We recently started re–using LaTeX for large documents — professional computing books. Years ago (1987) I had personally used a LaTeX 2.09 custom class (although it wasn’t called a class file then) for a book I was writing. The class file was written by a colleague, because I found it impossible to understand the low–level TeX mechanisms needed then.In 2006 I wanted to use this class for a new book of my own, and also as the basis for all our camera–ready books submitted by other authors.I had the choice of converting it to a new .cls file, which much of the documentation suggests is the thing to do, or writing “add–on” .sty file for the standard book.cls. We decided to try the .sty approach, as there were several packages that seemed to do most of what we wanted.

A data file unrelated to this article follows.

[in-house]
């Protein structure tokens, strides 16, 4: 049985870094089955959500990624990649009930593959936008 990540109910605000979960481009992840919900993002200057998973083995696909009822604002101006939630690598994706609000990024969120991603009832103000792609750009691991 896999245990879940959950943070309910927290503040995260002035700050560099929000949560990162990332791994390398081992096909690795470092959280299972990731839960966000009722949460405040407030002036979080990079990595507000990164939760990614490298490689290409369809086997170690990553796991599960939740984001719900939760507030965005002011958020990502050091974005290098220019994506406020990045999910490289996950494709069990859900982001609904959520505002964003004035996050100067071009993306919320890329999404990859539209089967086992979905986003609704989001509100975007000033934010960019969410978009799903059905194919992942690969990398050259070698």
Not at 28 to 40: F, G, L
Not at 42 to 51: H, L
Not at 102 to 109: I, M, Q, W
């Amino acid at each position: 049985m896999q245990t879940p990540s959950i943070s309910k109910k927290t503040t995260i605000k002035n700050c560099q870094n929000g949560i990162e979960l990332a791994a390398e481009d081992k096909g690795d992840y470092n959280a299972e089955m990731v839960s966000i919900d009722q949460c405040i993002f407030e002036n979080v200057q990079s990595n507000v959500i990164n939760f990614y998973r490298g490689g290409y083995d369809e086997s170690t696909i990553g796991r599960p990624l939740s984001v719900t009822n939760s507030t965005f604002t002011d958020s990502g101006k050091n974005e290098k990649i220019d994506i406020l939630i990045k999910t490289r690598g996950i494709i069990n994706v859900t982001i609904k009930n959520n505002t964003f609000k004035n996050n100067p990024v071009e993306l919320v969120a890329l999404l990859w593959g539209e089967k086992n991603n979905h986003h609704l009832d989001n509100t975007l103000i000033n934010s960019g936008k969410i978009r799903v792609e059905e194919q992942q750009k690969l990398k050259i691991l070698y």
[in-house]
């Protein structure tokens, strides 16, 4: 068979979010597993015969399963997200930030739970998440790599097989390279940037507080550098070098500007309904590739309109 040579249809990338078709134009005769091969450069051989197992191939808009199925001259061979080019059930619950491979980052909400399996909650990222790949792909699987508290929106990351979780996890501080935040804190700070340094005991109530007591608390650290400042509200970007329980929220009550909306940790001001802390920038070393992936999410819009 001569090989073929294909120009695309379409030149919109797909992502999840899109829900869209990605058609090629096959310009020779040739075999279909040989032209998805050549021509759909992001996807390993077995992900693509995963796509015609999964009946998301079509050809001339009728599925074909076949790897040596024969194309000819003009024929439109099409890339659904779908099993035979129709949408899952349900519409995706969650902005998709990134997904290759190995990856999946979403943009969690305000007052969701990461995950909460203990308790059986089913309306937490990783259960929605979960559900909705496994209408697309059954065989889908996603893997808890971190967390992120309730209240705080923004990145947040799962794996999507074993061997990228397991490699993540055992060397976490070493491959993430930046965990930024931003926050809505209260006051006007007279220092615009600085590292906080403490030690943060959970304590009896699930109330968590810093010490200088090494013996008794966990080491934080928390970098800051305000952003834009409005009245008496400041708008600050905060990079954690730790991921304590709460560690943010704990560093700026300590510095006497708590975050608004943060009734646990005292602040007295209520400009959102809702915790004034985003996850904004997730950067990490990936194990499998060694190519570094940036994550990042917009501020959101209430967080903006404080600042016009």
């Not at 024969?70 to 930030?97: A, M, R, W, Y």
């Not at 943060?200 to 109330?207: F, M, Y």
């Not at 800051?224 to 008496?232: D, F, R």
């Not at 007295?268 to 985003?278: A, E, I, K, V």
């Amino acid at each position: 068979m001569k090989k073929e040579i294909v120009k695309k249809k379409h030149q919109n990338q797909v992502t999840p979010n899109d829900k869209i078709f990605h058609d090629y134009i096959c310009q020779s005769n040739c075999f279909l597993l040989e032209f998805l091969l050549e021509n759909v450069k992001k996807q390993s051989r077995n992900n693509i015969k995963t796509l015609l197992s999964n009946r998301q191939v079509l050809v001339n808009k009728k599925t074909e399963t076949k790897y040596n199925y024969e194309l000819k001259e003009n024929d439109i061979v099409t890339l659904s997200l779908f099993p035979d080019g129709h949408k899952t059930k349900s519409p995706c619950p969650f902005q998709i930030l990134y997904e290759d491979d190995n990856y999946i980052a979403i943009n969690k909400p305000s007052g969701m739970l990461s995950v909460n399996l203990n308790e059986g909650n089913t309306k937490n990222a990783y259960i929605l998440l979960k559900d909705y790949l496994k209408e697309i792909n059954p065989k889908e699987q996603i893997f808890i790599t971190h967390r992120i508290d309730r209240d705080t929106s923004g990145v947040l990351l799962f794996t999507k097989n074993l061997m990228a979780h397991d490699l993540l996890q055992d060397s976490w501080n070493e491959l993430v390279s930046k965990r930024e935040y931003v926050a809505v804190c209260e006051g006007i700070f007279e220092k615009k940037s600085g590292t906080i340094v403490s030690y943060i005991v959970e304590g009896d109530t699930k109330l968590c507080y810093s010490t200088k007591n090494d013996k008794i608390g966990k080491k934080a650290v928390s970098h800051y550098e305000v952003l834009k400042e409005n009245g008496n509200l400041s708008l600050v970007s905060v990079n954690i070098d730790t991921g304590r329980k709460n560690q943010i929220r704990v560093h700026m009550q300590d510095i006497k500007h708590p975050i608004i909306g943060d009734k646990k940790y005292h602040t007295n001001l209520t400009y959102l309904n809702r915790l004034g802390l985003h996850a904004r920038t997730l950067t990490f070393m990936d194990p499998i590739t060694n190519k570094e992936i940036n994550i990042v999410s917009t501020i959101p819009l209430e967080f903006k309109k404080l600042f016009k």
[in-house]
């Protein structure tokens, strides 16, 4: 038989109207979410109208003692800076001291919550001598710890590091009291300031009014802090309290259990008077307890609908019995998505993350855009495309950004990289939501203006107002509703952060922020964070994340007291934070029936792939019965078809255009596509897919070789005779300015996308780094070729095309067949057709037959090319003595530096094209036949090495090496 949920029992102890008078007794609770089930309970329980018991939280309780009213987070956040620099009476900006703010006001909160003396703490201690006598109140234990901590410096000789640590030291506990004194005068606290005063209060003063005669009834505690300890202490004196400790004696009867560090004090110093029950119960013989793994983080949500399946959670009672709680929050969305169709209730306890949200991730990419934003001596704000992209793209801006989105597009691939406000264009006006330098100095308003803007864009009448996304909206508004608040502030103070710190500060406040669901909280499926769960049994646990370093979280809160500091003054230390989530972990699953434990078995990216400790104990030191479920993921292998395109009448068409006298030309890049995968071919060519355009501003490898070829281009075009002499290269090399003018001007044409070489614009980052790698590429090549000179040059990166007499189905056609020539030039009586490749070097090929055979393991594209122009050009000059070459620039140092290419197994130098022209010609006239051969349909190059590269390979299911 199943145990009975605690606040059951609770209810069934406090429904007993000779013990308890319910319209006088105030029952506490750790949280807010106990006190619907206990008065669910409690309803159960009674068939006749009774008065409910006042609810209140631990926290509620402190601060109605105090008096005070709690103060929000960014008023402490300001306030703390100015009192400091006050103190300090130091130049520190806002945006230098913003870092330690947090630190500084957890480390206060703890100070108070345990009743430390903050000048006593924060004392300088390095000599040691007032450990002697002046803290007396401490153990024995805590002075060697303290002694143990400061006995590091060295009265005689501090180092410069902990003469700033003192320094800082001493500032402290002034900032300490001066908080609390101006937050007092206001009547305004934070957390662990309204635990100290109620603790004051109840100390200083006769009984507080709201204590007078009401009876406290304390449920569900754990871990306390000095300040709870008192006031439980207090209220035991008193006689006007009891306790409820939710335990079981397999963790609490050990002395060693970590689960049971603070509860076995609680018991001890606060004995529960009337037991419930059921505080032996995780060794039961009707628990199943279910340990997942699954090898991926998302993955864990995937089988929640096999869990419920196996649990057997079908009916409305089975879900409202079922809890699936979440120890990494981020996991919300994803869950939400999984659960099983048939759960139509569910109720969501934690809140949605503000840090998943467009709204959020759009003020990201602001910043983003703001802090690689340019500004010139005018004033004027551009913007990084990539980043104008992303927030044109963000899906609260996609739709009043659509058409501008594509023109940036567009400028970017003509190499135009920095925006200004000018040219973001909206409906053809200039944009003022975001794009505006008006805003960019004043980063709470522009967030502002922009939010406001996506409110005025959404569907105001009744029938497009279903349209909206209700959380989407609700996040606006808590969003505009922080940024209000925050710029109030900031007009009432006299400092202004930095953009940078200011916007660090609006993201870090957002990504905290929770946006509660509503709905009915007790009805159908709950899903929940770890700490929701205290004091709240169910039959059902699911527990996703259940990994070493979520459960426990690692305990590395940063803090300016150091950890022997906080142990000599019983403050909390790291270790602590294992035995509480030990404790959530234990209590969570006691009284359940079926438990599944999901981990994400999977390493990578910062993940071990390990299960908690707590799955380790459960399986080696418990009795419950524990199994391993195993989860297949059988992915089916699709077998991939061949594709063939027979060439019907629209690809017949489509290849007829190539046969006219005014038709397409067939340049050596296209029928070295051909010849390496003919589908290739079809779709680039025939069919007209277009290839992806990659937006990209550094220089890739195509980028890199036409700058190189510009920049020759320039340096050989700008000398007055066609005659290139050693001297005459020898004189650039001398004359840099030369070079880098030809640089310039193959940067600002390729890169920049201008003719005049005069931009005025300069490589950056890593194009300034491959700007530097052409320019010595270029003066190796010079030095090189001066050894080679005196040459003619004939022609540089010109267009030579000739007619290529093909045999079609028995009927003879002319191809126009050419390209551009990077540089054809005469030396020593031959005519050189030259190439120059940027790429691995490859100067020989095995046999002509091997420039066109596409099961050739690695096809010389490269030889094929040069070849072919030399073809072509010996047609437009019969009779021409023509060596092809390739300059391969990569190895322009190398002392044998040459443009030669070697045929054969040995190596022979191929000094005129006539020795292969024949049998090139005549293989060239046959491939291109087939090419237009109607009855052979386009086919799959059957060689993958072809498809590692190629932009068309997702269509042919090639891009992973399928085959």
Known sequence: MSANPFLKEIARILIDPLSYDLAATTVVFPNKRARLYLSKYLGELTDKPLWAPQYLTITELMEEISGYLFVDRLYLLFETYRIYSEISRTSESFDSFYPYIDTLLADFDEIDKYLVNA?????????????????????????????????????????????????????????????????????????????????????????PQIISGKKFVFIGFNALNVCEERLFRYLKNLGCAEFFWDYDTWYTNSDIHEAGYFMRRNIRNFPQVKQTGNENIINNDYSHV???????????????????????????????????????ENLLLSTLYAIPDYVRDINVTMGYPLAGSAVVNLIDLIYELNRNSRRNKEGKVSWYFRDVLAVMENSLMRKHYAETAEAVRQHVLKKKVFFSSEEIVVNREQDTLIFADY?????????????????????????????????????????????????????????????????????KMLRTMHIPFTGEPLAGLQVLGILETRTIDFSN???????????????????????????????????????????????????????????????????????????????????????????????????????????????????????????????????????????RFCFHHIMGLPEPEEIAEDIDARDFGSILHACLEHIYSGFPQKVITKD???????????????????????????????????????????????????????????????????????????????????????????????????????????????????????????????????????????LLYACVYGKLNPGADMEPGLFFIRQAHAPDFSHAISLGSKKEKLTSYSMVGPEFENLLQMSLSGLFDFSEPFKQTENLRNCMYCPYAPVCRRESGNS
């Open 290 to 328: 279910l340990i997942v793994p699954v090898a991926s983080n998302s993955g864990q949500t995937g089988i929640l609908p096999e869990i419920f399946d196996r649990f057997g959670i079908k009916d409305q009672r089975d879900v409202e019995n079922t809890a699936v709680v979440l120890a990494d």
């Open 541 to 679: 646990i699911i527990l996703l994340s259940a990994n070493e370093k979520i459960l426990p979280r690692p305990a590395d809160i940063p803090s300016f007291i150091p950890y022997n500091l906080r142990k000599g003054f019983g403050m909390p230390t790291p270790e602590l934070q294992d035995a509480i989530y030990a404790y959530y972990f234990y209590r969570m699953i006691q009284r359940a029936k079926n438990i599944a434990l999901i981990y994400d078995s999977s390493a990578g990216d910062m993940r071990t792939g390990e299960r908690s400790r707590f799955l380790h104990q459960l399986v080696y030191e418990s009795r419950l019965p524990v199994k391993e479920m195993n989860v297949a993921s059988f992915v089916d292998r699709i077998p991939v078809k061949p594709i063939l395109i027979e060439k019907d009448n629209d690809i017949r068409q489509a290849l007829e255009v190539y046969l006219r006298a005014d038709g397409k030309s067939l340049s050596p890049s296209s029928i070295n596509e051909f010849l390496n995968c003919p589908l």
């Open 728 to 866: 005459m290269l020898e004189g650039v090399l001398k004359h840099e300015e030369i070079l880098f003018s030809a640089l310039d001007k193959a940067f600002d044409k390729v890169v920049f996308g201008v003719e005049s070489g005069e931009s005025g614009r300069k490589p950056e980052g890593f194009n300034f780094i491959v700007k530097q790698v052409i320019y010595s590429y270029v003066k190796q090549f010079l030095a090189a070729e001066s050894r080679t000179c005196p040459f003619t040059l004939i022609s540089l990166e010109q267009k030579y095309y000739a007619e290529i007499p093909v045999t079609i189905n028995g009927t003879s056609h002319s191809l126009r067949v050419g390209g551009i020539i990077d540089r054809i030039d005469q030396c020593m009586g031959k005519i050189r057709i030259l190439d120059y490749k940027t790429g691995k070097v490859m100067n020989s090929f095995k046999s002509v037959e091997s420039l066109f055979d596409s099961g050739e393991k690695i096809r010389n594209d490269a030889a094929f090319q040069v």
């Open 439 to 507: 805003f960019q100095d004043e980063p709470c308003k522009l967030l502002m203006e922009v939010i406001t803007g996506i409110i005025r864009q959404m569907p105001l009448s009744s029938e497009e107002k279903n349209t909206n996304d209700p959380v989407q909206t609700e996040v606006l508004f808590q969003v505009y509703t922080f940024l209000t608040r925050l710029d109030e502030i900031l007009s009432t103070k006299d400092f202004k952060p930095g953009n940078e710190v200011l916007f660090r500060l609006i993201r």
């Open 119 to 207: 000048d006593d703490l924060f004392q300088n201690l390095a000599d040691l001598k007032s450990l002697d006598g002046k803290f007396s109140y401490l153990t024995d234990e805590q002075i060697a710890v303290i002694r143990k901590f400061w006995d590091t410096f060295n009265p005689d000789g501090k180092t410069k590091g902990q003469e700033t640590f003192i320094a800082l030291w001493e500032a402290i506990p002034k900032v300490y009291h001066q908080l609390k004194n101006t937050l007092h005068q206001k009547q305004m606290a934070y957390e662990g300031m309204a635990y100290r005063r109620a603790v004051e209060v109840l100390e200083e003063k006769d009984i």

We found that the .sty approach was straightforward, and much easier than expected. The resulting style is much shorter, easier to understand and maintain, and is much more flexible than our old one — we can use most standard packages to add extra features with no effort, because we still provide all the hooks that add–on packages rely on.
Our paper works through what we did as a case study, highlighting the bad bits as well as the good bits, so others can use it as a guide. The hardest thing was coming to grips with LaTeX hooks, its sectioning mechanism, and how the two interact; we had to document these, and we include that rudimentary documentation in our paper. Fortunately and surprisingly, little of this documentation work was required.
Had we tried to do this work as a new .cls file, we would have failed miserably, and would probably have ended up using InDesign or Quark Express for typesetting instead of LaTeX.